Weighing benefits of prison release program

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Thirty-three Wisconsin GOP lawmakers are calling for an audit of Wisconsin’s Department of Corrections’ early release program.

The lawmakers claim the program failed to work as advertised when three inmates who were released ended back behind bars shortly afterward.

As of August, 210 inmates had been released, but 21 of those released have been detained for possible parole violations.

With this relatively high number, about 10 percent, a call for the audit from the lawmakers has intensified.

The program began in January, with the purpose of saving $30 million by releasing anywhere from 500 to 1,000 inmates by 2012.  It can cost up to $25,000 a year to house an inmate, while only $5,000 to keep them on parole.

Joe Andreoni, a junior criminal justice major at St. Louis University, said he generally supports audits and reviews, and this program in particular.

“If a person serves his full term behind bars, then he’s just thrown back into society (with) no supervision, no help, (and is) on his own, that’s bad news,” Andreoni said. “With the early release, you have parole and supervision.”

People in favor of the early release program believe that structured life after release can benefit society overall as well as reduce costs.

“I think that (the program) is a good idea if the inmates have a good chance of finding a legitimate job and being a productive member of society,” said Dave Neugent, a senior in the College of Arts & Sciences.  “They focus more on whether or not an inmate is stabbing other inmates rather than important factors like, schooling counseling and psychiatric help.”

Dan McLennon, a second-year law student, said the benefits of the program outweigh the relapse of three inmates that have been put back into jail.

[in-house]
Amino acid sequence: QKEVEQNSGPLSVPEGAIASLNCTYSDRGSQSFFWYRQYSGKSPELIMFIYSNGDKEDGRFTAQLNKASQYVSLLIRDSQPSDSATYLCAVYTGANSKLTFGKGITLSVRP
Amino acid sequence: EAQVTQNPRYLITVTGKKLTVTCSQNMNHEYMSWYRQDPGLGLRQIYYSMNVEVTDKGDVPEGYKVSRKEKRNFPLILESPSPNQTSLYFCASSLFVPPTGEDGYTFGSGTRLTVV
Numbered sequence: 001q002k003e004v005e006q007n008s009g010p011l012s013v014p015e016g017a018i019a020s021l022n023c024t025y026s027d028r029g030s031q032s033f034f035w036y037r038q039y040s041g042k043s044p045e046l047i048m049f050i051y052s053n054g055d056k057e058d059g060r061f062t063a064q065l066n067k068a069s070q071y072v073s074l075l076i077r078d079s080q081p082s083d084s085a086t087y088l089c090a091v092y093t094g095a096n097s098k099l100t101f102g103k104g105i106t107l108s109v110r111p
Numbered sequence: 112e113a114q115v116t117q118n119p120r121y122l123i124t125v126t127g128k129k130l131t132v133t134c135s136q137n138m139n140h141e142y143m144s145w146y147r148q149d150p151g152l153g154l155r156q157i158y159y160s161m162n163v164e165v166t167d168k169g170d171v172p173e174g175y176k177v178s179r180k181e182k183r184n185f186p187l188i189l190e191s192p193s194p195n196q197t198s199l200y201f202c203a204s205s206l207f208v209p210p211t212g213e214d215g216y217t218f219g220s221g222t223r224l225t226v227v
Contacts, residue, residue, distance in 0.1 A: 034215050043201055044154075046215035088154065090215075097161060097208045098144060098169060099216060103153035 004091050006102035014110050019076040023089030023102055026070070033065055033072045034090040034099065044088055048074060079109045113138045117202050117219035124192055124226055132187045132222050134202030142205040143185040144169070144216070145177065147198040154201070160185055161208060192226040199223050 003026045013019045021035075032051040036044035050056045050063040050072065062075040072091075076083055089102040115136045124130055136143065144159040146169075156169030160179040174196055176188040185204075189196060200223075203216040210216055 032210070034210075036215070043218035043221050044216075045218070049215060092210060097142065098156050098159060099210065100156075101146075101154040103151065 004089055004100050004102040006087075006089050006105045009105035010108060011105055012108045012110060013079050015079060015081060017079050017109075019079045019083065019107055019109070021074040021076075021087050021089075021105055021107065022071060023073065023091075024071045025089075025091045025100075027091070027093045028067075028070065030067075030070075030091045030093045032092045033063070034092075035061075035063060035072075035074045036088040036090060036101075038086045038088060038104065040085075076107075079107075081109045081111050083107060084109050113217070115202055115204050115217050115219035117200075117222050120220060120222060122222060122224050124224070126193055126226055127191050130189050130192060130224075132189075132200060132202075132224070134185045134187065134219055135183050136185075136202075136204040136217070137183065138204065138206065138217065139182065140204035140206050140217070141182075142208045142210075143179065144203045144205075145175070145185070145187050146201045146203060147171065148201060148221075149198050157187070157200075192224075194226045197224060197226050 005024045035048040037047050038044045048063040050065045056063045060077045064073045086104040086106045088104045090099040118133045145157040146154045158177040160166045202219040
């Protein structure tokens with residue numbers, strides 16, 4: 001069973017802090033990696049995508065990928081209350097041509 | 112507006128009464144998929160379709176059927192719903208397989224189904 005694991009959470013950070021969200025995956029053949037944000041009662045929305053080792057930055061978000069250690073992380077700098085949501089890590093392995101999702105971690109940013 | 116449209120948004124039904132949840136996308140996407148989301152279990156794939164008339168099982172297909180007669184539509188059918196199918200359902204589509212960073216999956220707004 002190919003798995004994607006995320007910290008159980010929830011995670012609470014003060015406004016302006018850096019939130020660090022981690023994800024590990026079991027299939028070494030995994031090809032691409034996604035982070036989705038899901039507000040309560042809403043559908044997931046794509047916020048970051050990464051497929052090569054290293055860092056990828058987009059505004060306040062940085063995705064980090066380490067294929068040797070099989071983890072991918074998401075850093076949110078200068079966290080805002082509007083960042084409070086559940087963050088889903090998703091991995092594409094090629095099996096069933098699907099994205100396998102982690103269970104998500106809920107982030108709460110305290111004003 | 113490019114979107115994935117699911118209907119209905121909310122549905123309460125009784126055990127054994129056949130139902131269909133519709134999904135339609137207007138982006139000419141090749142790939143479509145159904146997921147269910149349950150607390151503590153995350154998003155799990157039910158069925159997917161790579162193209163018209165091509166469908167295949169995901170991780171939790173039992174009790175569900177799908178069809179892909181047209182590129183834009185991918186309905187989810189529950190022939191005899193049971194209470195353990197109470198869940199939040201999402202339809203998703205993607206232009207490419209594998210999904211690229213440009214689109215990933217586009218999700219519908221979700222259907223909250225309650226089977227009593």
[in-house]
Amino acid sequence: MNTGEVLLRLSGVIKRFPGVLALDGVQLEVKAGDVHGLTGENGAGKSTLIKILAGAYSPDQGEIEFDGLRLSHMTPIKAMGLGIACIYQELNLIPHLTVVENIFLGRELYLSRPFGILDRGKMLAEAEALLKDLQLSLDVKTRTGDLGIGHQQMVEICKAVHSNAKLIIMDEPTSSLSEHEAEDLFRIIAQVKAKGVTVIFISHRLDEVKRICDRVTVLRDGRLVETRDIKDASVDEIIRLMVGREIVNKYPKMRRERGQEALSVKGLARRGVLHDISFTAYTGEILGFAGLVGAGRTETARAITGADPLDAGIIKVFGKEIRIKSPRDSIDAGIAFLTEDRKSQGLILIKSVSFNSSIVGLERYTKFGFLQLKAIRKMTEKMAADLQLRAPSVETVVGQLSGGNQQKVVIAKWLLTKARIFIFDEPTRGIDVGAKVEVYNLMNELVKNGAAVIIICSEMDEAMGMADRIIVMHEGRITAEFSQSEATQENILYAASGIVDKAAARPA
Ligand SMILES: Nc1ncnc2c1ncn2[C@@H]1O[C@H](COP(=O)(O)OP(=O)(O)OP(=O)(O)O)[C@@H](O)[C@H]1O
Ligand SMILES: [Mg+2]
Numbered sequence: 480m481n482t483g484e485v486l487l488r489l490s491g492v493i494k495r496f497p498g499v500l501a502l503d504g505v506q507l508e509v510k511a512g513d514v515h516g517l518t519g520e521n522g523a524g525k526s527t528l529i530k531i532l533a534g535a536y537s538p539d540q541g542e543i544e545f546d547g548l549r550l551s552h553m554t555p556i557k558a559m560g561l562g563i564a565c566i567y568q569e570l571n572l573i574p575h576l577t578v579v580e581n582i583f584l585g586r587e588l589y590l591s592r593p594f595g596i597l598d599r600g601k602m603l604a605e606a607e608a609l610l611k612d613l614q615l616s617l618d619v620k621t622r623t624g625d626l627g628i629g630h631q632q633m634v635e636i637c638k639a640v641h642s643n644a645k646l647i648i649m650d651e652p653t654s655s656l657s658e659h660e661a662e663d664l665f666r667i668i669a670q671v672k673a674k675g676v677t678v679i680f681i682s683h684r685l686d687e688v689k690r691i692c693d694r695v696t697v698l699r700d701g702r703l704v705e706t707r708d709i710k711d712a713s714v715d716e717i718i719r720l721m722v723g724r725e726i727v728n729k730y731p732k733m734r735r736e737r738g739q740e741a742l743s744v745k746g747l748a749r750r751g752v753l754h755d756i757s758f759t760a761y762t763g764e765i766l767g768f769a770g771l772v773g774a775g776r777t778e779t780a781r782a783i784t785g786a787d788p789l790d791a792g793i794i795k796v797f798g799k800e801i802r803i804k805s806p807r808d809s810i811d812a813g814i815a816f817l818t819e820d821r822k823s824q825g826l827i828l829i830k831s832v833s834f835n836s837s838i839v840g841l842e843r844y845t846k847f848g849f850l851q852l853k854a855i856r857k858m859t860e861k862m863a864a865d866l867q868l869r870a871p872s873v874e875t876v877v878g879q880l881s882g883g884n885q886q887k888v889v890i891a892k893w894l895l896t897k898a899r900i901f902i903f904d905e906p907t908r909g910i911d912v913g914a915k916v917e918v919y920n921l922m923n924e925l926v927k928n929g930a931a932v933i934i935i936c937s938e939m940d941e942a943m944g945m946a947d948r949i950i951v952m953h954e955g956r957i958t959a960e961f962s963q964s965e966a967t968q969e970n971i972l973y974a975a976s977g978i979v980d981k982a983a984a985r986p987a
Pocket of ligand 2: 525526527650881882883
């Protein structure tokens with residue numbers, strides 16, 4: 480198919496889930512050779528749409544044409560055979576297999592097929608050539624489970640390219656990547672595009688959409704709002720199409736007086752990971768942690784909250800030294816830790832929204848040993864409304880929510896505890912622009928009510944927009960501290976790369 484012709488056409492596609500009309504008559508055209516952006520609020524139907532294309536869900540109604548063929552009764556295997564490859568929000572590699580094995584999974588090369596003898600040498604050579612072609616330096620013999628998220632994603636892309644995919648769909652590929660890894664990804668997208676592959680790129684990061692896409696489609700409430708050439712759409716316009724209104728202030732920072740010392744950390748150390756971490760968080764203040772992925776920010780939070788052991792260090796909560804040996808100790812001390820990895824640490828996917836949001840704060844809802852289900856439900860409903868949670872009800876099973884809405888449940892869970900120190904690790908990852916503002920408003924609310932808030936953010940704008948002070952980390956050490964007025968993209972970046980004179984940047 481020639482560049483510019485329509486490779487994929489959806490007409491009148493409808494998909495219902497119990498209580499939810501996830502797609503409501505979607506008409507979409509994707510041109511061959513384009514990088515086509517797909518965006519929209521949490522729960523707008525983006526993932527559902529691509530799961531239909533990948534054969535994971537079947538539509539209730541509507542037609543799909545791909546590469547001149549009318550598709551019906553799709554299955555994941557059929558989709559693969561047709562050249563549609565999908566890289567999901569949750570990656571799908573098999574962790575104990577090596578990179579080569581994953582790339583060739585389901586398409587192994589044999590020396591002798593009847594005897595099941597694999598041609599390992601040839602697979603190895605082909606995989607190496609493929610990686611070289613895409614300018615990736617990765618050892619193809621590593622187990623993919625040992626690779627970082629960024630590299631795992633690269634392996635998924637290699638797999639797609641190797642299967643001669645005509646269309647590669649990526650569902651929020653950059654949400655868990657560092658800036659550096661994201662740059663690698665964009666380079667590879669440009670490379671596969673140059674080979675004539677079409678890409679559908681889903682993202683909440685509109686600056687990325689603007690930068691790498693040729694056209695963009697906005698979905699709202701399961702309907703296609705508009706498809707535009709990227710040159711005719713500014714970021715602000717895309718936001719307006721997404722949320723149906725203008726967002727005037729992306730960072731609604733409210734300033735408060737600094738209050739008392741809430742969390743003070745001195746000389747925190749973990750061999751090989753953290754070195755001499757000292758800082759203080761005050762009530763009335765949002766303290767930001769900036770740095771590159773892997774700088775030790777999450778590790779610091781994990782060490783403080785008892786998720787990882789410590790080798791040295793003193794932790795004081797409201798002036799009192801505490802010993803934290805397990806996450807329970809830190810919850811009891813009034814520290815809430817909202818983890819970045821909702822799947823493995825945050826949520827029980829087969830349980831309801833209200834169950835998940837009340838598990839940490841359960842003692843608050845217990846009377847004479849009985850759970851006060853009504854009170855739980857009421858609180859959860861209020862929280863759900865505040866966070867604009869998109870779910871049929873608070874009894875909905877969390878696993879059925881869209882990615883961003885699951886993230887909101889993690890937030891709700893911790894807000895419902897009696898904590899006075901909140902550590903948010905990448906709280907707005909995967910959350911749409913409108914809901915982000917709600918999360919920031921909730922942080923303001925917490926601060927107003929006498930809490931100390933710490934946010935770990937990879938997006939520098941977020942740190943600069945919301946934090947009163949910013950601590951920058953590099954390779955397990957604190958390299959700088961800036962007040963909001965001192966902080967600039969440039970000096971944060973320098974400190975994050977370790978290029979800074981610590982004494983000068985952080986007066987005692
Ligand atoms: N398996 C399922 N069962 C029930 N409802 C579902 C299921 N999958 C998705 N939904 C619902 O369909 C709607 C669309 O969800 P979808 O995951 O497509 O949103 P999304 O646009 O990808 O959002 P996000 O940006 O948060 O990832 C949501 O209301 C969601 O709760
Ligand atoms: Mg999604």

However, he said he believes there can be changes to the program that offer a nice middle ground, giving incentive to keeping the program running as well as keeping the inmates straight.

“I think that inmates who are released and then commit crimes immediately afterward should have harsher sentences,” he said.

Detaining less people overall could cut costs even more effectively and keep the streets safe, Neugent said.

“The system needs to stop throwing people in a cell and not looking at the source of these people’s problems,” Neugent said.  “It’s been really successful in Missouri and their model has started to be put into place throughout the country in places like D.C., Oregon and a few other states.”

With such a high crime rate, Andreoni said he thinks there may be better options than throwing people in jail.

“The United States of America has the highest incarceration rate in the world,” Andreoni said.   “Yet violent crime is a greater problem in the U.S. than anywhere.  Most of the prisoner population is drug offenders … (chances are) when you mix up low ladder drug pushers with violent offenders, (it messes) up any chance drug offenders have of rehabbing.”

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